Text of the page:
Research Article: Eco-Stoichiometric Alterations in Paddy Soil Ecosystem Driven by Phosphorus Application

Date Published: May 7, 2013

Publisher: Public Library of Science

Author(s): Xia Li, Hang Wang, ShaoHua Gan, DaQian Jiang, GuangMing Tian, ZhiJian Zhang, Jose Luis Balcazar.


Agricultural fertilization may change processes of elemental biogeochemical cycles and alter the ecological function. Ecoenzymatic stoichiometric feature plays a critical role in global soil carbon (C) metabolism, driving element cycles, and mediating atmospheric composition in response to agricultural nutrient management. Despite the importance on crop growth, the role of phosphorous (P) in compliance with eco-stoichiometry on soil C and nitrogen (N) sequestration in the paddy field remains poorly understood in the context of climate change. Here, we collected soil samples from a field experiment after 6 years of chemical P application at a gradient of 0 (P-0), 30 (P-30), 60 (P-60), and 90 (P-90) kg ha−1 in order to evaluate the role of P on stoichiometric properties in terms of soil chemical, microbial biomass, and eco-enzyme activities as well as greenhouse gas (GHG: CO2, N2O and CH4) emissions. Continuous P input increased soil total organic C and N by 1.3–9.2% and 3%–13%, respectively. P input induced C and N limitations as indicated by the decreased ratio of C:P and N:P in the soil and microbial biomass. A synergistic mechanism among the ecoenzymatic stoichiometry, which regulated the ecological function of microbial C and N acquisition and were stoichiometrically related to P input, stimulated soil C and N sequestration in the paddy field. The lower emissions of N2O and CH4 under the higher P application (P-60 and P-90) in July and the insignificant difference in N2O emission in August compared to P-30; however, continuous P input enhanced CO2 fluxes for both samplings. There is a technical conflict for simultaneously regulating three types of GHGs in terms of the eco-stoichiometry mechanism under P fertilization. Thus, it is recommended that the P input in paddy fields not exceed 60 kg ha−1 may maximize soil C sequestration, minimize P export, and guarantee grain yields.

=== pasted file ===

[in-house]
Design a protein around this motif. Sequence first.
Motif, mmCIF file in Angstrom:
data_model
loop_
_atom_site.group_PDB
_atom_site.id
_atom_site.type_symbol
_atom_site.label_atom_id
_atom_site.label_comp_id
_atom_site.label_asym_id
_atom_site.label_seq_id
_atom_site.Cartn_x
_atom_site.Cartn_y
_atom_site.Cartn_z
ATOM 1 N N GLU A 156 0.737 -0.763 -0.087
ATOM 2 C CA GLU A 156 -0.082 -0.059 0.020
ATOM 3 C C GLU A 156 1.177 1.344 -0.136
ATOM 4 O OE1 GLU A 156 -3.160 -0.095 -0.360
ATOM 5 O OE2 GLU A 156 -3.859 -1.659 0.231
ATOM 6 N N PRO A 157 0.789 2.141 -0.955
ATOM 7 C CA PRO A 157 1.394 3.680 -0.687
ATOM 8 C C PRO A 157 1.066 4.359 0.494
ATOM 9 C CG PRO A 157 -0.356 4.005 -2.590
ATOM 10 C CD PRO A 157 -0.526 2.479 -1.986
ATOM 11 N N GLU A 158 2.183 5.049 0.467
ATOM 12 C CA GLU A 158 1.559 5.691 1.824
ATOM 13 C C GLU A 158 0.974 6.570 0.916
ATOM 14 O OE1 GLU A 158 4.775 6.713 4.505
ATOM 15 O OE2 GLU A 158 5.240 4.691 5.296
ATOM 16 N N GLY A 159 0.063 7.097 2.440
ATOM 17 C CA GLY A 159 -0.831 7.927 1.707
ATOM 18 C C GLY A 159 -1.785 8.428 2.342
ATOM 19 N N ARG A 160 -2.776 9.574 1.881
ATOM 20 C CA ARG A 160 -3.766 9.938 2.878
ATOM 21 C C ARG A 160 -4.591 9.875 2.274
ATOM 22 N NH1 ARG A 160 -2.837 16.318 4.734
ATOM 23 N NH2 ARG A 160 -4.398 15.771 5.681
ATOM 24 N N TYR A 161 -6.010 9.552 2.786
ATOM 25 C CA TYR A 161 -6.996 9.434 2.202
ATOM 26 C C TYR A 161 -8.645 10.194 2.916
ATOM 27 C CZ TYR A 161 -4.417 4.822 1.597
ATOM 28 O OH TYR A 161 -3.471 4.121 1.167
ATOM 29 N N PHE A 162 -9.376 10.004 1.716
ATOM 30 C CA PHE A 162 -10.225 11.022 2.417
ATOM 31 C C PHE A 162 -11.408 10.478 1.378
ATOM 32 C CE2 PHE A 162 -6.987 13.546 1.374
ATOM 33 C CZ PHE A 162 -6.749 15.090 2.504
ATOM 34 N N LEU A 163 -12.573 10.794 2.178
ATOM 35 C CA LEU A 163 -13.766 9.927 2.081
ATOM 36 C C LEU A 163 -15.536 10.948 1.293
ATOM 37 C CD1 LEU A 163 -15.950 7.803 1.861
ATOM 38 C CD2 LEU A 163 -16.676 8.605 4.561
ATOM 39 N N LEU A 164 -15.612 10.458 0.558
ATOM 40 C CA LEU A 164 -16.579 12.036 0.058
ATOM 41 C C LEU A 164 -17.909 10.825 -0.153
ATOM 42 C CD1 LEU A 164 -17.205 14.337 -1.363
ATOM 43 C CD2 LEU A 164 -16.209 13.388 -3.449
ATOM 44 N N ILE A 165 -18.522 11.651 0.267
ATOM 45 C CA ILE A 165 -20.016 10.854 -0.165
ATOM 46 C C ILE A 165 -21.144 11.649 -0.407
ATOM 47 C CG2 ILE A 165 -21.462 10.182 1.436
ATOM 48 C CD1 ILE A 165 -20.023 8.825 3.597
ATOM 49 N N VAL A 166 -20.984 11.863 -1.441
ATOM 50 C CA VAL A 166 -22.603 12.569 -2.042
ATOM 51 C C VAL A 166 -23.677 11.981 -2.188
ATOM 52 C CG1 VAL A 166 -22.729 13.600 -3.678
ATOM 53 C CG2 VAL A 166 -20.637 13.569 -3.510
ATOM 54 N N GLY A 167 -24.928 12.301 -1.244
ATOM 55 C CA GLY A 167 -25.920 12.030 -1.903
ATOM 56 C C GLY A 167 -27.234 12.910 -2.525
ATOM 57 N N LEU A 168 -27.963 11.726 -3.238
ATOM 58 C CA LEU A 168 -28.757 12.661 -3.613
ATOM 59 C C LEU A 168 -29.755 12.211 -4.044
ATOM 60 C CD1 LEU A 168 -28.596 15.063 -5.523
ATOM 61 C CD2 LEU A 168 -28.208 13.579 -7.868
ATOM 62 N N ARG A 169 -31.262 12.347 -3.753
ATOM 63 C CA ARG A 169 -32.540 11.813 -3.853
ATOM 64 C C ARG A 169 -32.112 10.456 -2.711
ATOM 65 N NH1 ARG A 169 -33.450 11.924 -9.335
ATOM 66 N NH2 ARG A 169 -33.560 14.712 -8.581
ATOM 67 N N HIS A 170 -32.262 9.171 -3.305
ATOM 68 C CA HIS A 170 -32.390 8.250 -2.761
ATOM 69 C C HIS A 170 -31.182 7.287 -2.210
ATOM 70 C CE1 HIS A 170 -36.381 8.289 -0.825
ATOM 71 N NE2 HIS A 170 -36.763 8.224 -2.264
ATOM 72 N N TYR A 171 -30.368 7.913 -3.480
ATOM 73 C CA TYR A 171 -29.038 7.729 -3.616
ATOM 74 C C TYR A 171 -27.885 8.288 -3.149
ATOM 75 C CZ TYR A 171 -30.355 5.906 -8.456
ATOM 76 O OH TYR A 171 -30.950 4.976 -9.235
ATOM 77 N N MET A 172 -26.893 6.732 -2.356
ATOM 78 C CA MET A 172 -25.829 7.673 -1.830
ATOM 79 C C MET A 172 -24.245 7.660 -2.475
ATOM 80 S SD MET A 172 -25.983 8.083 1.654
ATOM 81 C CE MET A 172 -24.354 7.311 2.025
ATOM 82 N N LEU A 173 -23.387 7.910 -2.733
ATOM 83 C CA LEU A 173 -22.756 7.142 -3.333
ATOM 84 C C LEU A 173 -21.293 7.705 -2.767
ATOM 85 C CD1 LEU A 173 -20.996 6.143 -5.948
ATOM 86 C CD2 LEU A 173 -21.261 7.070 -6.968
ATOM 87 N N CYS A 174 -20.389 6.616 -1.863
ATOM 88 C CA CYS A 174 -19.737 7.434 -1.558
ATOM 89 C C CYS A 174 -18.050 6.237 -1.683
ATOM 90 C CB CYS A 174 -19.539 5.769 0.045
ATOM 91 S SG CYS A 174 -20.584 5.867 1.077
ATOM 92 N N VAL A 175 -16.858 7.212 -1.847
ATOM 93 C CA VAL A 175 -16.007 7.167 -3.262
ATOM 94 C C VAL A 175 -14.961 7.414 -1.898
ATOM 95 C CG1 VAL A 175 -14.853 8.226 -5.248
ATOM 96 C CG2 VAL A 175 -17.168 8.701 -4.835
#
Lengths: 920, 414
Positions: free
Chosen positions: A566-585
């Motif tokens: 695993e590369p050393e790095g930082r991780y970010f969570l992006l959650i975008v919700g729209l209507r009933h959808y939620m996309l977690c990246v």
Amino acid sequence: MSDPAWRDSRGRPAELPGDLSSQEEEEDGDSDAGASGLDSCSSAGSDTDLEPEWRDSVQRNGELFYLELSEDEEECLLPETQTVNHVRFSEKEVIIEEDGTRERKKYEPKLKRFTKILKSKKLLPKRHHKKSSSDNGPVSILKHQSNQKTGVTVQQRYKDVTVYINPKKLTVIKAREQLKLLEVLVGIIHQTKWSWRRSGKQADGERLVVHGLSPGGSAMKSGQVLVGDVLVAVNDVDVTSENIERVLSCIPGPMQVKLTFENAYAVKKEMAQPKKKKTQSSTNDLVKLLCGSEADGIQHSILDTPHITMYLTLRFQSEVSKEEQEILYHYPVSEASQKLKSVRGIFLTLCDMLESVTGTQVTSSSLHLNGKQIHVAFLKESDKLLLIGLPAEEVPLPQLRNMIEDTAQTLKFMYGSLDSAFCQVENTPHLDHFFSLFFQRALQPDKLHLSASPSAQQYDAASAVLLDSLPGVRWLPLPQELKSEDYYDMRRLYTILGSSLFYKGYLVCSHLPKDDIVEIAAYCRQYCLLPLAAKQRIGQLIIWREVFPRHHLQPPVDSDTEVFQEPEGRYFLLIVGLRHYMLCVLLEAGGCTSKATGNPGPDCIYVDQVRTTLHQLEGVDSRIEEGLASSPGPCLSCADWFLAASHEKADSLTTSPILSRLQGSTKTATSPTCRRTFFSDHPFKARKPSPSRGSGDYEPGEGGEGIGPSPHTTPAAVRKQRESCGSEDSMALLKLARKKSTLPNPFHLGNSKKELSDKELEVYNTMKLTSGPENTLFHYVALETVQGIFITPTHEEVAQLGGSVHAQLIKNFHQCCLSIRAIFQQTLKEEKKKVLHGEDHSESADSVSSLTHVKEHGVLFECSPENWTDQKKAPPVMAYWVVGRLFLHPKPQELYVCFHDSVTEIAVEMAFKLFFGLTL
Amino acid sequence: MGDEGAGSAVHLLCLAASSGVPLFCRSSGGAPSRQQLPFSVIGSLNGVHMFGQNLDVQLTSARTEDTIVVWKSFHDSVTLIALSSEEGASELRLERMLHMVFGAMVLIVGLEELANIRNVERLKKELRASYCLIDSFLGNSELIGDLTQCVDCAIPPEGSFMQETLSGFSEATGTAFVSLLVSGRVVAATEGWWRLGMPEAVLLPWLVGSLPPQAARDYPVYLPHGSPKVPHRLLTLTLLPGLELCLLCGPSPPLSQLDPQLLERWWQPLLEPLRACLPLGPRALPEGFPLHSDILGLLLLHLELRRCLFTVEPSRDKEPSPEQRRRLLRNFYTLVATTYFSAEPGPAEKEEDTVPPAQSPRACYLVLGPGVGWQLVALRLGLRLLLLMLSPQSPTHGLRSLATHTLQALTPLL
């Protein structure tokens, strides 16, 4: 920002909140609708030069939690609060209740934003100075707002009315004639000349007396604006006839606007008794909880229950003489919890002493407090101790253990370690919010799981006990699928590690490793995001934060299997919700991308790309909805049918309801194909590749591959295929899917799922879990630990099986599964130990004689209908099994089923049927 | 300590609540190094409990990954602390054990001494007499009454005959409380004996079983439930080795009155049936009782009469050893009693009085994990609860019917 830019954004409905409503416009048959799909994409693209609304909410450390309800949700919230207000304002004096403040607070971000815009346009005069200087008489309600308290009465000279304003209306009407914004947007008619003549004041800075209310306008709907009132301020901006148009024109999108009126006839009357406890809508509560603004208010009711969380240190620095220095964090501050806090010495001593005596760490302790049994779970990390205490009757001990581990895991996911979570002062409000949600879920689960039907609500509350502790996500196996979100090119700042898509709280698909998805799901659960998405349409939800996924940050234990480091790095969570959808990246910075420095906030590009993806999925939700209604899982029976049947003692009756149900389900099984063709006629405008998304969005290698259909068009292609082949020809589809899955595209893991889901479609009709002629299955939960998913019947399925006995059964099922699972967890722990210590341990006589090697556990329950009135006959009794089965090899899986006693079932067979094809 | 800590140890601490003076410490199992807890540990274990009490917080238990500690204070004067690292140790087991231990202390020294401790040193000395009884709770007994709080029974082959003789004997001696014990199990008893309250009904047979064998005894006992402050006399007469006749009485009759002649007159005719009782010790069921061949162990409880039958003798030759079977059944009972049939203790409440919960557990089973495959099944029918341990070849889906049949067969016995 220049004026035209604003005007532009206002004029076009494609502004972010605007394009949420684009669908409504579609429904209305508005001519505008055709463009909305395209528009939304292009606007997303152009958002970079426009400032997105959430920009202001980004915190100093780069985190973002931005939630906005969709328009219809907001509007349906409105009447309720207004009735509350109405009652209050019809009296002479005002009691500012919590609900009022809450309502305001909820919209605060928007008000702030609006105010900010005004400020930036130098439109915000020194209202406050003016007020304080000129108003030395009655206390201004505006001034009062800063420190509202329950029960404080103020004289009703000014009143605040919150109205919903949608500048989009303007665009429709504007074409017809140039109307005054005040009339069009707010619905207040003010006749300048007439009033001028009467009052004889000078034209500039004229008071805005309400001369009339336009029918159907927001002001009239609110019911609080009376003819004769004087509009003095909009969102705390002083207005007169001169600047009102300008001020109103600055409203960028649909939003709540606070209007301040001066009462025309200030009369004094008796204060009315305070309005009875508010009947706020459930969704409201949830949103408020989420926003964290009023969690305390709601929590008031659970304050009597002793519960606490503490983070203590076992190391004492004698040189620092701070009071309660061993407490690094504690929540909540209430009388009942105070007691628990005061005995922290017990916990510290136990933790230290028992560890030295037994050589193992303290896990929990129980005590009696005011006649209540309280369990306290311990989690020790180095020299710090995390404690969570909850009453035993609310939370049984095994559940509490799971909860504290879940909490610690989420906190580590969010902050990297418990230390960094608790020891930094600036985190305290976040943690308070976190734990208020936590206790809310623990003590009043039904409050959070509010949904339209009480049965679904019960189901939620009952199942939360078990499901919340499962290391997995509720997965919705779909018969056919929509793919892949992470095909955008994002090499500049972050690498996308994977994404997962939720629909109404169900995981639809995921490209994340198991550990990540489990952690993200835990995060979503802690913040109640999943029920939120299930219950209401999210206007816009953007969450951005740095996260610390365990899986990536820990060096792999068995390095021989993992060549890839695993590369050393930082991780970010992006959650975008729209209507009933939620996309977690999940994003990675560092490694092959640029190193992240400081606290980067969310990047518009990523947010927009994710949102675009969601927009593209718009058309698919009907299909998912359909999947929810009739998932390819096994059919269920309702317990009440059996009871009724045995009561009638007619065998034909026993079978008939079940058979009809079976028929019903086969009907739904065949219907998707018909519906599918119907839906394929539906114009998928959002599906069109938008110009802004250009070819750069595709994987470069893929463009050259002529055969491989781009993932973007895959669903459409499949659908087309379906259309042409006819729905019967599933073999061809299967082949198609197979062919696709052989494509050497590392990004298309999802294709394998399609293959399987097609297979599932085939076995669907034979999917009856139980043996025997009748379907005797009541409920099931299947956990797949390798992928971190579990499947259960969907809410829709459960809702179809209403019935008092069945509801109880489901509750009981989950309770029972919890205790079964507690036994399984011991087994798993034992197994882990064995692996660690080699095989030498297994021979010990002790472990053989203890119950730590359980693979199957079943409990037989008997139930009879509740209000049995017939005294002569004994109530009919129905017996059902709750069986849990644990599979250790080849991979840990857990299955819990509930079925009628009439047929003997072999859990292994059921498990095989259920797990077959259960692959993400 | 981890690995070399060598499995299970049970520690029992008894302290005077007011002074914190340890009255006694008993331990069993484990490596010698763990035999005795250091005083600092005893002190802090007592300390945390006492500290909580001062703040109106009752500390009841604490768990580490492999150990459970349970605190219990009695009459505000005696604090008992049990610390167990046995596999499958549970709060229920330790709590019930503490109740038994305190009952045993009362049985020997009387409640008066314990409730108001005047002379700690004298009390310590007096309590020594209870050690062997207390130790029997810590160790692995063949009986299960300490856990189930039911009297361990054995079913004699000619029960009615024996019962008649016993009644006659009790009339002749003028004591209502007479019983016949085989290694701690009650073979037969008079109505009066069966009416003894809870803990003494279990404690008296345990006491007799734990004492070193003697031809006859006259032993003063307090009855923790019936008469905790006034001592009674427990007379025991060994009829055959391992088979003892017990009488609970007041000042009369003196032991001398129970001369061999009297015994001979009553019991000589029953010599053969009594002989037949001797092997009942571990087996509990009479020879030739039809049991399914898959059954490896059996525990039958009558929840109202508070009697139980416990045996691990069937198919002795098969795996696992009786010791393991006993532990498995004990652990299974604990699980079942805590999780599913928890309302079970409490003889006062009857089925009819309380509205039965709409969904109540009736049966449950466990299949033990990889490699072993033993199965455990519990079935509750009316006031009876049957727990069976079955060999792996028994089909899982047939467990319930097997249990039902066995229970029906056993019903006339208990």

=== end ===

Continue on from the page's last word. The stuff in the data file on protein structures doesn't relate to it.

Partial Text

The balance of elements has been a main focus of global change ecology and biogeochemical cycling research. Phosphorus (P) application remains an indispensable practice for agricultural crop production. However, P export from soil to surface waters may stimulate outbreaks of water eutrophication [1]. Meanwhile, carbon (C) storage in ecosystems is controlled by the mass conservation principle and the supply of other key nutrients, such as nitrogen (N) and P [2]. Therefore, maintaining a sustainable C-N-P balance in the soil ecosystem is necessary for coping with climate change, maximizing agricultural production, and optimizing P practice.

(This work is unrelated to an ethics issues, and no specific permit was required for the described field study.).